Virginia’s reply to Ian is coming

RICHMOND, Va. (WRIC) — A state of emergency remains in effect in Virginia as the remnants of Ian bring rainfall, flooding and wind. For government agencies, storm preparation transitions to response.

As of Friday afternoon, some of the most significant impacts were seen in the Hampton Roads area. These photos show flooding in Norfolk.

“I think the flooding with John is going to be the biggest problem we have across the Commonwealth. We really focused on the Hampton Roads and Tidewater areas, as well as southwest Virginia,” said Jason Elmore, a spokesman for the Virginia Department of Emergency Management.

At the Virginia Operations Center (EOC) in Chesterfield, more than two dozen state and federal officials met Friday to prepare for more severe impacts expected this weekend. The EOC is the main center where the state monitors weather conditions and makes decisions about where to direct resources.

Elmore said the team will double in size by Saturday morning when the EOC is fully activated with representatives from various government agencies.

“It helps us all be in one place so we can plan and have strategic meetings about how we’re going to deal with what’s going on around the commonwealth,” Elmore said.

Elmore said local reports of flooding and damage come in several times a day. So far, there have been no requests for state aid.

The Department of Defense and the Federal Emergency Management Agency sent a team from Pennsylvania to provide support.

“Disasters start and end at the local level, so we’re really here to support the Commonwealth if there are any needs that may arise from local municipalities that may require federal support in the declaration process,” said Jason Burrows, group leader. FEMA Region 3.

Meanwhile, The Virginia National Guard fielded about 60 soldiers and airmen in key locations around Abingdon, Roanoke, Richmond and Virginia Beach for possible severe weather response operations. The personal warehouse is prepared for transportation in high water and debris clearance.

“The key to rapid response is getting personnel and equipment in key locations before severe weather hits,” explained Brig. Gen. James W. Ring, VNG director of the Joint Chiefs of Staff. “Our Soldiers, Airmen and members of the Virginia Defense Force quickly left their loved ones and jobs on very short notice to help their countrymen during this difficult time, and we extend special thanks to their families and employers for their continued support.”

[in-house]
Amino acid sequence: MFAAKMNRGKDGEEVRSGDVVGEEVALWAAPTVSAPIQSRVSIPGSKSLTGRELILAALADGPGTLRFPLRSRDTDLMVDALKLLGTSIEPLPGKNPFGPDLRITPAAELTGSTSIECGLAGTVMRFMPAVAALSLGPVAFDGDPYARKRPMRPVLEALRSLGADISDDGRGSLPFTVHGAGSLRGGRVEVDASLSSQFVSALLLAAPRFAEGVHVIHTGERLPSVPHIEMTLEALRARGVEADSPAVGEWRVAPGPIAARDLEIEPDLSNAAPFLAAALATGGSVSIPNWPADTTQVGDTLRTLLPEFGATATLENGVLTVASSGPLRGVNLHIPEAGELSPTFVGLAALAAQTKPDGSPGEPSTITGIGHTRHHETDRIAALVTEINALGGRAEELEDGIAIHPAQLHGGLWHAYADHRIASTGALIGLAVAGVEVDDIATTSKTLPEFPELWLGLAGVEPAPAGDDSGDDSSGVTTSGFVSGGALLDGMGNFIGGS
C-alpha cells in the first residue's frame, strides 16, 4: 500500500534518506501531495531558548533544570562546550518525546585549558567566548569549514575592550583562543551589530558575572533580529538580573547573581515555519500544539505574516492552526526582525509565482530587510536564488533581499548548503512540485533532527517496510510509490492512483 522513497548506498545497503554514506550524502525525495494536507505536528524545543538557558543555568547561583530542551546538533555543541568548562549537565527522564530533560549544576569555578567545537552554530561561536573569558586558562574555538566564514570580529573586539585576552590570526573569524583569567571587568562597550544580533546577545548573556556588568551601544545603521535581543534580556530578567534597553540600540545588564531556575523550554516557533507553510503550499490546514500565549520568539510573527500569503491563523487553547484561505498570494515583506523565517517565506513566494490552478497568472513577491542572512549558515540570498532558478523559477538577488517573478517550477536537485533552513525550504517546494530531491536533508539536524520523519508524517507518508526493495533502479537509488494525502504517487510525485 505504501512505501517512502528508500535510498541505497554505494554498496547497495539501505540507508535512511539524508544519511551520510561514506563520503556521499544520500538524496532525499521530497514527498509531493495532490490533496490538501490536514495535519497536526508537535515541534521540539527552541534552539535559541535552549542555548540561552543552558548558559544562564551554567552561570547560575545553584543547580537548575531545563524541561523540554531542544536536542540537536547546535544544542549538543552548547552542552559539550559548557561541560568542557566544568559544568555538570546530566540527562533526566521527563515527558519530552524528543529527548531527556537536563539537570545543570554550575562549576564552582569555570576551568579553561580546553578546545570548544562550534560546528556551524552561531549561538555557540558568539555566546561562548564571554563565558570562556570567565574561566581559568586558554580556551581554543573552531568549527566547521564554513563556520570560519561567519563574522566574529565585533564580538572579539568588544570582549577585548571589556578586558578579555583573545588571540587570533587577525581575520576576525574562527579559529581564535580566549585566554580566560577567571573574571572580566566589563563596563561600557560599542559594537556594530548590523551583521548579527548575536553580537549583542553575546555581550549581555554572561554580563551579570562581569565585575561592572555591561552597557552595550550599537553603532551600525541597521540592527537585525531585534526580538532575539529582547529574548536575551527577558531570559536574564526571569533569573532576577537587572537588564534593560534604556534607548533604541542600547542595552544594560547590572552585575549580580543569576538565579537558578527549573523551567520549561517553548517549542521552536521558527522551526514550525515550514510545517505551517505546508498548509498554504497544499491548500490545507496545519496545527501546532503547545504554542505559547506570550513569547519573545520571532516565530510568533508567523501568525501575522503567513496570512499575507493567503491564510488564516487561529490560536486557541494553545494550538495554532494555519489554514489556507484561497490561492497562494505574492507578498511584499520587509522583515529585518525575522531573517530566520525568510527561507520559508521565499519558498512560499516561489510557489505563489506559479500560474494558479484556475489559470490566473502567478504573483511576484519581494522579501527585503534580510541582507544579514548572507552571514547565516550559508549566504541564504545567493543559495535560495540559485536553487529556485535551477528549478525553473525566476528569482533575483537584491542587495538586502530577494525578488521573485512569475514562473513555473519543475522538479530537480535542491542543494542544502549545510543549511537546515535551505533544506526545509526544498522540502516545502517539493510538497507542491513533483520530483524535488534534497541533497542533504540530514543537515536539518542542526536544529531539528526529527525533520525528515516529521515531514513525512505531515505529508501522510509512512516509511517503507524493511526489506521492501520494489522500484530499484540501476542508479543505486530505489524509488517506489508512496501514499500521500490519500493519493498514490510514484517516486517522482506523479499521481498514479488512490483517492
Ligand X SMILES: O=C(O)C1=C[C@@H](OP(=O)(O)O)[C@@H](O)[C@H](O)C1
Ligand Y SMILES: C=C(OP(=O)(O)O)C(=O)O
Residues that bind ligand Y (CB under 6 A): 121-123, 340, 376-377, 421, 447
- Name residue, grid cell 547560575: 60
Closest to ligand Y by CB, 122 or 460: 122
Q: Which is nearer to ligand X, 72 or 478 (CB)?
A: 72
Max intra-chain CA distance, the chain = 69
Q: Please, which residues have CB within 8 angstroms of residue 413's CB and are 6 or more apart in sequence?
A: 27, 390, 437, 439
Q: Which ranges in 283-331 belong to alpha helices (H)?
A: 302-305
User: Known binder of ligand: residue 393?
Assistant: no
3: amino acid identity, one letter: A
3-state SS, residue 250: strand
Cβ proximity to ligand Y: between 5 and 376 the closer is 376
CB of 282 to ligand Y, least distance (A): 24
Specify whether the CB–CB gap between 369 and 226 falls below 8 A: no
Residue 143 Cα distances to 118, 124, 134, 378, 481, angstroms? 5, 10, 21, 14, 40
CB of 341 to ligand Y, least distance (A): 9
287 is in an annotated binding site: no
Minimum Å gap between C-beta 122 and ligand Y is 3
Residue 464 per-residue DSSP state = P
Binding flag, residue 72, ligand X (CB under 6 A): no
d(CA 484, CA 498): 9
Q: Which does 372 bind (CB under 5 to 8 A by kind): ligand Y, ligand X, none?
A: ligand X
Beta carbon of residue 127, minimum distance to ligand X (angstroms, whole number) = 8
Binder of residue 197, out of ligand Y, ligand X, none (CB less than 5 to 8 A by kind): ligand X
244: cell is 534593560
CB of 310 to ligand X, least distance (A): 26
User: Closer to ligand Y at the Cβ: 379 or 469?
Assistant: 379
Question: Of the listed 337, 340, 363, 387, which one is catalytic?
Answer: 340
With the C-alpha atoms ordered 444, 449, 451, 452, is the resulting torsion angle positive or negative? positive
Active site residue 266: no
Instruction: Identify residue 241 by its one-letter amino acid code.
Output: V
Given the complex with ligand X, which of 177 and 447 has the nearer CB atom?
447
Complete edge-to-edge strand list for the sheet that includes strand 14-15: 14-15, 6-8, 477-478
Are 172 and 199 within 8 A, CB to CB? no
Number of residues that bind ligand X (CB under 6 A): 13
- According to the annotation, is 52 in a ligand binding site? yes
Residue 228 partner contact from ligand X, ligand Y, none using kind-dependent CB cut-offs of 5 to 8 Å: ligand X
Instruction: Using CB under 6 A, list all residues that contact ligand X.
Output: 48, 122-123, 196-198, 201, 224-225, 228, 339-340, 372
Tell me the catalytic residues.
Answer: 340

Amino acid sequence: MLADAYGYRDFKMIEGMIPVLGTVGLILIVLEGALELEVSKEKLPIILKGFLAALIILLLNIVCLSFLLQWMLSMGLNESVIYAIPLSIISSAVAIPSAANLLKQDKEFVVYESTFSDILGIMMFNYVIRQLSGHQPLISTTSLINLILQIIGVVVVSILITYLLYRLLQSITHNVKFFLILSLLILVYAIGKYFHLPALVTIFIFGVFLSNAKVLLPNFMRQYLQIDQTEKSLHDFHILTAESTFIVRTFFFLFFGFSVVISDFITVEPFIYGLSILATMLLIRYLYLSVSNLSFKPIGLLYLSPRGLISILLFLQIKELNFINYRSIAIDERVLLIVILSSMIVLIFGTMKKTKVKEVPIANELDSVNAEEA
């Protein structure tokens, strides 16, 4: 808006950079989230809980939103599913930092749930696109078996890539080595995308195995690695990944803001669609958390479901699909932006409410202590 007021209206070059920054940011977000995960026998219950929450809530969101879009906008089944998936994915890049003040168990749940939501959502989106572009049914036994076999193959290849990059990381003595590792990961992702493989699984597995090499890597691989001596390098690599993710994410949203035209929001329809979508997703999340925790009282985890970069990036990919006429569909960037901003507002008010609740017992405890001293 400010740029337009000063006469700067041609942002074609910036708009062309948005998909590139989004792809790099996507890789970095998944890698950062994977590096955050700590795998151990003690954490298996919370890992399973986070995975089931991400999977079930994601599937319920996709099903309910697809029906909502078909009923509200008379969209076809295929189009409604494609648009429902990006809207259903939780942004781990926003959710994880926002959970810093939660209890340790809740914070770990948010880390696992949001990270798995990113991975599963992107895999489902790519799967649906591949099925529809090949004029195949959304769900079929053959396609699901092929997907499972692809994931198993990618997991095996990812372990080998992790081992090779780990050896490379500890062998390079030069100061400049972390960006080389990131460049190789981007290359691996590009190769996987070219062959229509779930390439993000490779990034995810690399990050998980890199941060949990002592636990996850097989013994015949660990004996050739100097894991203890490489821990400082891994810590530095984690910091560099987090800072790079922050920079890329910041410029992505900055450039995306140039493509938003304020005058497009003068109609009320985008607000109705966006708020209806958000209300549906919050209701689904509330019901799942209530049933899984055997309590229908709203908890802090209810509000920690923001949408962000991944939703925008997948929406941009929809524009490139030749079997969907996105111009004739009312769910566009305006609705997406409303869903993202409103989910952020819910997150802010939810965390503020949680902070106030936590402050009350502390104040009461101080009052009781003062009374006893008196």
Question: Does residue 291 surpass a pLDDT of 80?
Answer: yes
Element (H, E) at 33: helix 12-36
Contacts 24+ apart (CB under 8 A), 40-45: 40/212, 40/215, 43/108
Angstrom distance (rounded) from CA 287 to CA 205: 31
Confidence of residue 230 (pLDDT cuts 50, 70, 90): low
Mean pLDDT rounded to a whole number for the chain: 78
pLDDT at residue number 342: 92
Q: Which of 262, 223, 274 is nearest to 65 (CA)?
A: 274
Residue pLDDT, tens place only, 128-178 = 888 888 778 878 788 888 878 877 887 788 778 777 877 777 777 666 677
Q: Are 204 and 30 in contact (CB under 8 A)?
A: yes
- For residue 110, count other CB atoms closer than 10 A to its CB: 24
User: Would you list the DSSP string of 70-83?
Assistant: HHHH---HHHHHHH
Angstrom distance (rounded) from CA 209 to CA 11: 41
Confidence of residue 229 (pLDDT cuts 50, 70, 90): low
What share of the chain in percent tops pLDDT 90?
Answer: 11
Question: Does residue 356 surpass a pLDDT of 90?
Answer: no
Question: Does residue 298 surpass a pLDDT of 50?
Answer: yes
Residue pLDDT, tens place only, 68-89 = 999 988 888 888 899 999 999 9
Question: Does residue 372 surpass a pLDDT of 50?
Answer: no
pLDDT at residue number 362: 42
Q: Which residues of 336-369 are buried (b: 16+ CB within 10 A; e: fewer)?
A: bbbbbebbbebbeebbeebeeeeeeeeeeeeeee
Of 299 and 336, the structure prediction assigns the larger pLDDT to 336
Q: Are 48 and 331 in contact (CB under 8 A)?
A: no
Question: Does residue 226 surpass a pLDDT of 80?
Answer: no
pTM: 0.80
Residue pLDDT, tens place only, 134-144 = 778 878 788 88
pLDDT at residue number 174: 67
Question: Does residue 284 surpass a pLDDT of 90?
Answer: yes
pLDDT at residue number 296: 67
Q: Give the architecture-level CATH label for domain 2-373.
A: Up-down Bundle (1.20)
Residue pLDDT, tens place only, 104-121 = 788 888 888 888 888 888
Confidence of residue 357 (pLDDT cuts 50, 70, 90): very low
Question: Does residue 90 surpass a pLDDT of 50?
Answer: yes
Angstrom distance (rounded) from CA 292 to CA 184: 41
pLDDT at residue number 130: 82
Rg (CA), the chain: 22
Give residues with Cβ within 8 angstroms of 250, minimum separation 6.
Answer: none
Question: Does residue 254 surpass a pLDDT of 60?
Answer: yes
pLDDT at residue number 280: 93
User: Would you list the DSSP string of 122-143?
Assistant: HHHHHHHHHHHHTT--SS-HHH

Virginia State Police Search and Recovery divers were in southwest Virginia and coastal regions of the state Friday morning, preparing to respond to any water rescue emergency.

The Virginia Department of Transportation is urging drivers to pay close attention to local weather forecasts and limit travel depending on conditions. VDOT said the severe weather could lead to downed trees, power lines and other debris, as well as flooding that would make roads “extremely dangerous or impassable.”

VDOT crews are checking and cleaning sewers in preparation for the storm. The agency is monitoring wind speeds and staff are on standby to clear road hazards.

VDOT has the following guidelines for drivers:

  • Follow all road closed signs.
  • “Turn around so you don’t drown” – don’t try to drive on flooded roadways. According to the CDC, the leading causes of flood-related deaths are people driving into or walking near floodwaters.
  • Be aware of debris, downed trees and power lines, as well as road crews who may be trying to clear the roadway.
  • Be aware of high wind reports, especially on bridges and taller structures. Tall vehicles such as tractor trailers, SUVs or vans are particularly vulnerable and should not cross the bridge when a high wind warning is posted.

Before the trip, citizens should clarify the road situation by calling 511, exit www.511Virginia.org or check out the 511 Virginia mobile app.

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